What To Expect – A Short Guide to Recording Pt 2 

Martyn, our Studio Engineer at Infirmary Records is back with another blog post, ‘a short guide to recording Pt. 2’

This time around he will be looking at some conventional recording methods used in studios big and small, so you can start thinking about which technique might work best for your music. He will also be talking about a few terms used in the recording industry that you’ll come across all the time, and might be useful to know about, especially when working with other artists, engineers or producers.

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Over to Martyn…

Recording Methods

There are different ways of tracking (recording) songs in a studio, and which you choose will depend on what you’re comfortable with and the needs of the song. Here are a few typical examples:


Let’s say you’re recording drums, bass, guitar and vocals – when recording you could either do this live (everyone plays and is recorded at the same time) or you could record some parts live and record some parts as guide tracks (rough recordings to be used as guides for better ones later) or you could simply record every part separately, I’ve listed a few differences between each below:

Option 1 – Live Tracking

Usually, this is down to preference and what feels comfortable as a band, but there are some technical considerations too – for example, recording live often feels the best as it’s more like a gig or rehearsal, but it also means that you’ll get spill (sound from other instruments you might not want) on the separate parts of your recording, which ultimately means you have less control over the mix later

Option 2 – Solo Tracking

Recording every instrument individually gives you the most freedom for editing and mixing later, but it often lacks a bit of ‘feel’ as the band aren’t actually playing at the same time, and it also might require click tracks (designed to keep the tempo and timing of your song together) whilst recording different parts. Not everyone feels comfortable recording with a click track or metronome, so again this is something to consider.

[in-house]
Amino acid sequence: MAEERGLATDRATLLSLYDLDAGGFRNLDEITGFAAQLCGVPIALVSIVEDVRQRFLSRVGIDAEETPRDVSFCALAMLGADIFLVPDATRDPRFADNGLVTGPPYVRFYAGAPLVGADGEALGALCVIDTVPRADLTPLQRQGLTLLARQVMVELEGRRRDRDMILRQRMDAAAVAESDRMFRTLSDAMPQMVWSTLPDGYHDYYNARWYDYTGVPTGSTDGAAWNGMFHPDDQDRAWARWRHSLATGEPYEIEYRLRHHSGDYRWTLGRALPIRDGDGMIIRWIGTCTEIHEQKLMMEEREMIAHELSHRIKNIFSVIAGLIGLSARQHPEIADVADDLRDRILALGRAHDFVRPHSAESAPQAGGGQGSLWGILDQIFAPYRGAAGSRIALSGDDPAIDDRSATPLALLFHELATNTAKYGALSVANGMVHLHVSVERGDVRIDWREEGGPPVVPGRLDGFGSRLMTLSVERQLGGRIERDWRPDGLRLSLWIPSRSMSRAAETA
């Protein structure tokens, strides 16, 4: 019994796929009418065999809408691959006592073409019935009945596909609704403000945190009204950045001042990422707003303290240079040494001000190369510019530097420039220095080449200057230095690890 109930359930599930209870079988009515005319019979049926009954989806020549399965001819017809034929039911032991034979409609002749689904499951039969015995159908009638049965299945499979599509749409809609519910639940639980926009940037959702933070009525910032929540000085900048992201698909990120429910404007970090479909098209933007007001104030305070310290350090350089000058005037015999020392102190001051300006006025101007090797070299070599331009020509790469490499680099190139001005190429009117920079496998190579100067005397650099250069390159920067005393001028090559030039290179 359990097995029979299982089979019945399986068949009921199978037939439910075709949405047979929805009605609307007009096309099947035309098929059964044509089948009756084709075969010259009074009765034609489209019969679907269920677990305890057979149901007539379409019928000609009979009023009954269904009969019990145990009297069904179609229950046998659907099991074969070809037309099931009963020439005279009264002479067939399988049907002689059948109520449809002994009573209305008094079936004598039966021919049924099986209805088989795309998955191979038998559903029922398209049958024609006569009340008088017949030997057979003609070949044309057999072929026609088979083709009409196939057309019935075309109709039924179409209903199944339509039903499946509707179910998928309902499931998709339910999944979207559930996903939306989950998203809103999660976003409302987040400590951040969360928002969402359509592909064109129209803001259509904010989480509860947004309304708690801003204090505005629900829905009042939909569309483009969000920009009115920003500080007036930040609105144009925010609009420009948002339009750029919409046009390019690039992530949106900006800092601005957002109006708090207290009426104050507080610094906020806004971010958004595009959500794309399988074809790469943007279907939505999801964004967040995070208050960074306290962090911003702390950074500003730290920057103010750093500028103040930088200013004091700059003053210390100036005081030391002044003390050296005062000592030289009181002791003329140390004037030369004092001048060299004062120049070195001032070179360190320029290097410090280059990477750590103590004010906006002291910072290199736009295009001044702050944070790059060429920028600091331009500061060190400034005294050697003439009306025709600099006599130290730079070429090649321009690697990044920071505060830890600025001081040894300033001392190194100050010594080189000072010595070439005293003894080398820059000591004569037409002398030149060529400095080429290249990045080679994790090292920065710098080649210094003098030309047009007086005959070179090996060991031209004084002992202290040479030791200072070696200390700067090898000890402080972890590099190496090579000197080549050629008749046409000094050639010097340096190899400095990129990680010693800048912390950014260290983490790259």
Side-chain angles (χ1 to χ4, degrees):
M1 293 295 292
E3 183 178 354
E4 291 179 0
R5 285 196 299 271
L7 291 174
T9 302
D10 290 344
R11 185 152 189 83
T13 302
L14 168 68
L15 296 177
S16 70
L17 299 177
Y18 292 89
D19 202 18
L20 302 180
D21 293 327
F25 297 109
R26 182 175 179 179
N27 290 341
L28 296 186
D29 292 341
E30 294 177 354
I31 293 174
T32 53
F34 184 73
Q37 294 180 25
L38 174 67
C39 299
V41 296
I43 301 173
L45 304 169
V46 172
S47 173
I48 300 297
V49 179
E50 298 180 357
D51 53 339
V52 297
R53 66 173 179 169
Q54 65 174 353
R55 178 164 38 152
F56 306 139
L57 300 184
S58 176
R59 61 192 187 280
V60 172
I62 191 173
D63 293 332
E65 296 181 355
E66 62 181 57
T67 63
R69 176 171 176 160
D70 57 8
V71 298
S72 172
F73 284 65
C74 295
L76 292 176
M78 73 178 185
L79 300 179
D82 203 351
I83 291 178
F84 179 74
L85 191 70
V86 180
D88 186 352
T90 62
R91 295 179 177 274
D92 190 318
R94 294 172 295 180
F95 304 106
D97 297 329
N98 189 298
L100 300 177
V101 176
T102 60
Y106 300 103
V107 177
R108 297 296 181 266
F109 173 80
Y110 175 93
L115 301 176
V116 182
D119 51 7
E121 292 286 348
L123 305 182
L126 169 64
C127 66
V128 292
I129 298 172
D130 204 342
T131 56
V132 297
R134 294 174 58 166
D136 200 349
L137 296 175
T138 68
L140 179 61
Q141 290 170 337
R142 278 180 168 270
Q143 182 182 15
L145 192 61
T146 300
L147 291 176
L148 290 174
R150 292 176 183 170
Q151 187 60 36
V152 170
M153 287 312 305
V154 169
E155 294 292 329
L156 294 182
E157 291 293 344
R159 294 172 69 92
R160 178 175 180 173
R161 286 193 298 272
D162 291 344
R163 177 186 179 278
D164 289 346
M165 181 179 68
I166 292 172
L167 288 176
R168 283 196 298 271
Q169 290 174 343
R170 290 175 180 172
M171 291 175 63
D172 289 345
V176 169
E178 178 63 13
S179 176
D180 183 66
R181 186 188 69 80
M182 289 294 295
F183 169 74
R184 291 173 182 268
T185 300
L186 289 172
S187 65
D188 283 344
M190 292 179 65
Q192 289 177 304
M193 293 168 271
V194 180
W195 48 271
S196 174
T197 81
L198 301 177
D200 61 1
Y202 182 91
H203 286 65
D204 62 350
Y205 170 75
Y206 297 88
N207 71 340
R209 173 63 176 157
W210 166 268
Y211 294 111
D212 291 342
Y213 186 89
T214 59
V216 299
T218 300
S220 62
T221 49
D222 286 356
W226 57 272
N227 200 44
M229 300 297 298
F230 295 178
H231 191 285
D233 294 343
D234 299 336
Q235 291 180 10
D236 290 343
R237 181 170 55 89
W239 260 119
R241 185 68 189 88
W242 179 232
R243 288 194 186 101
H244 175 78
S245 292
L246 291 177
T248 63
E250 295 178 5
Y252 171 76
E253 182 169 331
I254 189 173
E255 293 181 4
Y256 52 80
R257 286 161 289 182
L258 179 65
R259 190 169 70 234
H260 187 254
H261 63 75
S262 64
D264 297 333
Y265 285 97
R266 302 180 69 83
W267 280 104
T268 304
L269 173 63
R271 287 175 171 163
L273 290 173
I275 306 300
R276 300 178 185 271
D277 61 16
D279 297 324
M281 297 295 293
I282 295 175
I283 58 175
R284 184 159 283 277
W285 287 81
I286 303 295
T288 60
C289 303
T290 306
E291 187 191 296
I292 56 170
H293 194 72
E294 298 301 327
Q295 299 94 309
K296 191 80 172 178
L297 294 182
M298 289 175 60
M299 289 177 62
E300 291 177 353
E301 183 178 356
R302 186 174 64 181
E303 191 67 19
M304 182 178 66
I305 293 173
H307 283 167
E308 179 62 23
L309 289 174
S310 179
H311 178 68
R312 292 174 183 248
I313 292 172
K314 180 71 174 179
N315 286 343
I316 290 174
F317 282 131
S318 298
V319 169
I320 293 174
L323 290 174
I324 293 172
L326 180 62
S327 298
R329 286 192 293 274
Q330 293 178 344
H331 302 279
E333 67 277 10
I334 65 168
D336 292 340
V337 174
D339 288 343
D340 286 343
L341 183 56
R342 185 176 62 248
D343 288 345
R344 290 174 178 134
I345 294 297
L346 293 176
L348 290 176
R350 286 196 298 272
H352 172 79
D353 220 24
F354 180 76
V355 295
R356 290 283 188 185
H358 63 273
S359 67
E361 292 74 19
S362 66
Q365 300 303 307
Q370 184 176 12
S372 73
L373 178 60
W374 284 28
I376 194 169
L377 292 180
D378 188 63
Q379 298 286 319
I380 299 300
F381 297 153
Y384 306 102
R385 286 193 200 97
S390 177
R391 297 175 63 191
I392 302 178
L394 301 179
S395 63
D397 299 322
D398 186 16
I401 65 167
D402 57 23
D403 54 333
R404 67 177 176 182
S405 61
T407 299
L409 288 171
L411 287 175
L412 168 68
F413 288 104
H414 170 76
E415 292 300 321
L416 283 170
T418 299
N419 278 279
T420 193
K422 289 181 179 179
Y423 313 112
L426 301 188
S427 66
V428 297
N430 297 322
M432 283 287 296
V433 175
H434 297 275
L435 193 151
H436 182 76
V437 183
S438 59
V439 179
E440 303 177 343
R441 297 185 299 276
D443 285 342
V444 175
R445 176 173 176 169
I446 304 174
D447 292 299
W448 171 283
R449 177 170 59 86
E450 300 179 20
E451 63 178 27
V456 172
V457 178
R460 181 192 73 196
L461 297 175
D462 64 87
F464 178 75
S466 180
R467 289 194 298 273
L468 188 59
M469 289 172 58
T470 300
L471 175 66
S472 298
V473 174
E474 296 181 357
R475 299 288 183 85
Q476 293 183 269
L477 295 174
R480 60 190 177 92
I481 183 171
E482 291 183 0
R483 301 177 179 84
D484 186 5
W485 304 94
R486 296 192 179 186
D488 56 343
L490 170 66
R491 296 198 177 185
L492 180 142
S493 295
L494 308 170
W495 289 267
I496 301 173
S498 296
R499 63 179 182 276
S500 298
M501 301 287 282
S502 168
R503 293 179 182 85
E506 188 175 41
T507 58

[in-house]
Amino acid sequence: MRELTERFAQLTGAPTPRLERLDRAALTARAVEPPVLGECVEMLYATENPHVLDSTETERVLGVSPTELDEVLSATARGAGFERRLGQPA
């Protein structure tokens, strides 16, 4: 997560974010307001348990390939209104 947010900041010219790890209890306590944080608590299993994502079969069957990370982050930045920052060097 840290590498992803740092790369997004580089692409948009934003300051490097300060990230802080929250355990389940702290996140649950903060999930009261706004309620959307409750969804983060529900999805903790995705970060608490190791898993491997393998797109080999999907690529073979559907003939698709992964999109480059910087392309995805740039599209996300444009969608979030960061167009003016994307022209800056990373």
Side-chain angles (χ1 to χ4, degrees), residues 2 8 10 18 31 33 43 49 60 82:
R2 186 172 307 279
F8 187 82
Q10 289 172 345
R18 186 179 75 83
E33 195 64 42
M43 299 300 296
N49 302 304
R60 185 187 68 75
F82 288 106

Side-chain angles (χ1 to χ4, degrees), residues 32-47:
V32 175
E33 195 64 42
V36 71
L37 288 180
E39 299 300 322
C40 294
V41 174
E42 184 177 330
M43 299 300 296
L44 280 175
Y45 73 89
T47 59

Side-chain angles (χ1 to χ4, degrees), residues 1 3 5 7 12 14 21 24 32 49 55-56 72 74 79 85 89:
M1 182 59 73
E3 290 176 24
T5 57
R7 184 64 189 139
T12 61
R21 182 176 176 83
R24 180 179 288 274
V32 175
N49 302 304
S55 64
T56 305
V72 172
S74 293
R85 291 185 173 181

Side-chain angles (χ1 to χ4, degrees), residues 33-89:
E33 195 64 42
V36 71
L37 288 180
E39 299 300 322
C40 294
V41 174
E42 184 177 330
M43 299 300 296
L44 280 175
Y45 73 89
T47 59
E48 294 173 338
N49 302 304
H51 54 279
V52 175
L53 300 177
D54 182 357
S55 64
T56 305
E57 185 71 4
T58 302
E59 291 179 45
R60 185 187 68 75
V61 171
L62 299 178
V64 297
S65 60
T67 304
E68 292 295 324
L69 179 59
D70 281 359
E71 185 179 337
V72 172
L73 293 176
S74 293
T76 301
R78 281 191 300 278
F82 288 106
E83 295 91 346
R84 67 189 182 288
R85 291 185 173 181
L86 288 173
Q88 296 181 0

Option 3 – Half & Half 

For these reasons, many artists often record drums live, with guitar and bass as guide tracks to be re-recorded later, and then track vocals last on top of the music. This is a nice compromise between playing together and having a bit more freedom to edit and mix creatively afterwards.

Solo Acoustic

If you’re recording solo acoustic guitar and vocals, then this would probably lend itself to the live recording approach, as you’re only recording two sources (guitar and vocal) – if you want a bit more control for mixing and you’re happy to do so, you could record them separately, but it might not give the feel you’d like for your song. It’s also fairly true to say that recording acoustic guitar and vocals don’t usually take as long as a full band, so you might find you have more time to get creative in the studio and add additional instrumentation ‘in the box’ (using software), vocal double tracking or perhaps try a few different versions of your song to see which feels best.


If you’re coming into the studio with a track you’ve already put together yourself, maybe in another DAW (digital audio workstation) like Logic or Ableton then the process will often be different as you’ll be over-dubbing (the process of recording additional sounds) on top of your track. In this scenario, it’s likely you’ll be recording separate takes of additional instruments or vocals using the original track as your guide. This is especially common with electronic music, as many artists will create the majority of the song at home and then add the finishing touches in a studio, including mixing, with more accurate monitoring (the speakers used for mixing in recording studios) and mastering. 

These are just three scenarios of course, and in reality, recording sessions come in all shapes and sizes, but usually, the same processes apply – if in doubt, it’s worth chatting to the engineer when booking your session, I’m always keen to discuss this with a band or artist before getting started on the actual recording session so we’re on the same page.